Dr. Linda Dean: Stop Gun Violence--What Artists Can Do To Make the Point for Sensible Gun Laws

Linda Dean has been a licensed family and child counselor for nearly 40 years, and received her training and education in both the U.S. and Switzerland. Her study of art, and her training at the C.G. Jung Institute has impacted her viewpoint.

My life has been about helping children and adults find healing, from either abuse or other difficult experiences, so speaking out against unneeded gun violence is something I must do. As a Jungian Psychologist and Artist, I had an idea I shared with Jim Eason at KGO Radio in 1972. But news about the Watergate break-in prevented him from airing our interview. I’ve never let go of this idea: to communicate, through art, that our militaristic culture, now through our gun laws, is killing Americans. With renewed student activism, now is the time to bring this idea back to the public by exploring deeper thought through artistic expression instead of superficial thinking.

Artistic expression has taught us about racial conflict, economic divides, the reasons for revolutions and even great optimism. Artists with a political purpose have created both figurative and realistic images, finding that in their expression, they can motivate and inspire action. Since Valentines Day, 2018, we have reached a tipping point in the fight against the gun lobby. Most Americans are against the NRA’s viewpoint; their hearts are aching for change. We need the power of artistic expression to fuel social activism.

Long before the Renaissance, art reflected and impacted human kind in depth above and below consciousness. Notice the cathedrals, the murals, sculptures which still move the souls of people at a depth below ego consciousness. Even before writing, cave art told us something about our existence. 

By then I was in college studying art. Conceptual art and political art was a big thing back then. My husband had his masters in art history. Both of us knew how art impacted the world, for at least as long as the reformation.

Right now, here in the United States, we are beyond the crisis point. Education is harder to find, let alone achieve. The dumbing down of America has reached unbelievable heights. Many communities have teachers who must pay for school supplies. Book shortages are rampant. Politicians keep cutting budgets and ill prepared elected officials (check out your state) are reluctant, even unwilling to help. Now these same officials support arming teachers, locking doors to schools, without a thoughtful strategy limiting guns in the arms of dangerous individuals. Sadly, what is happening has more to do with power than ever before...that is power for a few.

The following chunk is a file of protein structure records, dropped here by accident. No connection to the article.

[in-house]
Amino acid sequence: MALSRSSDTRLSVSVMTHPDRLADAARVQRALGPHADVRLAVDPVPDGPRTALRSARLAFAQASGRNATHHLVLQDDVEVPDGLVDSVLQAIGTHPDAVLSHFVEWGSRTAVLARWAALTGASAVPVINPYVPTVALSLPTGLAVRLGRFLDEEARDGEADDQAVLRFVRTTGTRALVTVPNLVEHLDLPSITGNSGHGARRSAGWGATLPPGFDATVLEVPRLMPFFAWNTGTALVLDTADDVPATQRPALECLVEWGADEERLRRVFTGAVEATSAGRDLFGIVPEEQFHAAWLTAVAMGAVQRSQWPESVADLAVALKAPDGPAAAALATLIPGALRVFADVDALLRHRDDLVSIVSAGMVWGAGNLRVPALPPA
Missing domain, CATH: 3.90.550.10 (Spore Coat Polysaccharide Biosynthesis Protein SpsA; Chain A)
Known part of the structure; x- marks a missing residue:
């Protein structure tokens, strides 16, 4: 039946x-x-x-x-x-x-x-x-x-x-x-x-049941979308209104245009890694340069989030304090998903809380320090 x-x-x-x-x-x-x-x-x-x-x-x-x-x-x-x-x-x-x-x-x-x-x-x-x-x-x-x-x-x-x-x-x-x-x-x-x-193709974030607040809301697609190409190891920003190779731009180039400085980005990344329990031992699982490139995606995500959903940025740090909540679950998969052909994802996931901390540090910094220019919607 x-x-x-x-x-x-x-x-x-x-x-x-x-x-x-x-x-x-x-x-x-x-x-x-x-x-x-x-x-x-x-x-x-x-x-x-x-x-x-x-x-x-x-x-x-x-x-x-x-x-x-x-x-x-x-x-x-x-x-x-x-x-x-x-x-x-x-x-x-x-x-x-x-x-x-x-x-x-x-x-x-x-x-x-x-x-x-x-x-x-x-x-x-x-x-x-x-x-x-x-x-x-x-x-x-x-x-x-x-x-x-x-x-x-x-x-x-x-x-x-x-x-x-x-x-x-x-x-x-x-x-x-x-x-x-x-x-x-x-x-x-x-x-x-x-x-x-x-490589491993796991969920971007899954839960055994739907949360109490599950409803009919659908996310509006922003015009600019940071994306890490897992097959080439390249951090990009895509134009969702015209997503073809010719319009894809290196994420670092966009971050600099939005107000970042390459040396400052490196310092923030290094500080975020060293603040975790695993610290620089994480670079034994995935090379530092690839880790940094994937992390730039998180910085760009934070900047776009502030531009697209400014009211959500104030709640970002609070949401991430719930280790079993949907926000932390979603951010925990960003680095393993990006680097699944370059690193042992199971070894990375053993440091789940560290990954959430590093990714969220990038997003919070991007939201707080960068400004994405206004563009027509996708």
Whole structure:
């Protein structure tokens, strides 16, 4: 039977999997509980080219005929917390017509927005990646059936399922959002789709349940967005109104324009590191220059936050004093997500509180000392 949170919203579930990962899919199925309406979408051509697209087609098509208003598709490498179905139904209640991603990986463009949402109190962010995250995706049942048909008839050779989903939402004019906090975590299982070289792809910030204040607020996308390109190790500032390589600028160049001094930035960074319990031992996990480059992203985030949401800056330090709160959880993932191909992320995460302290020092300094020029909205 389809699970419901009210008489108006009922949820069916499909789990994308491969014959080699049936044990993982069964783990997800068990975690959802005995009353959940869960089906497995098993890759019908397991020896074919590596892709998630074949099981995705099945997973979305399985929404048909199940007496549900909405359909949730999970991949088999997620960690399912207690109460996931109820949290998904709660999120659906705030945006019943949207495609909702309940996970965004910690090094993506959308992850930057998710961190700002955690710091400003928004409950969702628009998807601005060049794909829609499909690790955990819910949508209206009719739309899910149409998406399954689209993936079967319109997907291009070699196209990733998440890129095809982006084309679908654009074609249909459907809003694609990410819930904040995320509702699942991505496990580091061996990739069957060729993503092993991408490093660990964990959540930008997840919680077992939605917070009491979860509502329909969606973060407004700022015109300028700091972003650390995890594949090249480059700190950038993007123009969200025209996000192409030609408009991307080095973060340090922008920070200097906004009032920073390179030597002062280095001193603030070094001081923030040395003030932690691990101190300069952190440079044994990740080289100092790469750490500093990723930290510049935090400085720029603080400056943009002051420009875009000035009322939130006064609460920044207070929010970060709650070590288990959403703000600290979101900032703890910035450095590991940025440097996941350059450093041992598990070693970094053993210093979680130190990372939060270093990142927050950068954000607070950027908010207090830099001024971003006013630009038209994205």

Few gain from our irresponsible access to weapons. We know the few: Investors and, of course, representatives to both the House and Senate are financed by gun lobbyists and billionaires who want to keep what they have and get still more.

Too many representatives are willing to sacrifice the public for self gain. Meanwhile, they actually work very little. They are provided the very best health care and retirement benefits. My dear Americans, it all adds up to millions of people going hungry or dying from illness, many of whom work hard. The founders of our country did not intend for this to happen.

But a few very gifted students in Florida are making waves, bringing the issue of profit versus safety to the front of our minds. But we need to go deeper. We need to activate the depths of our bodies and minds, reach for creativity--we need to go to a level that is not subordinate to the lure of power and profit.

Action Based on Fact

We need people to FEEL so deeply it becomes impossible not to act. We need everyone to care and then VOTE!! We need every man, woman and child to know the facts about gun violence. There is already so much data that shows the harm that comes from our current gun laws:

Compared to 22 other high-income nations, the U.S. gun-related murder rate is 25 times higher. (CBS NEWS)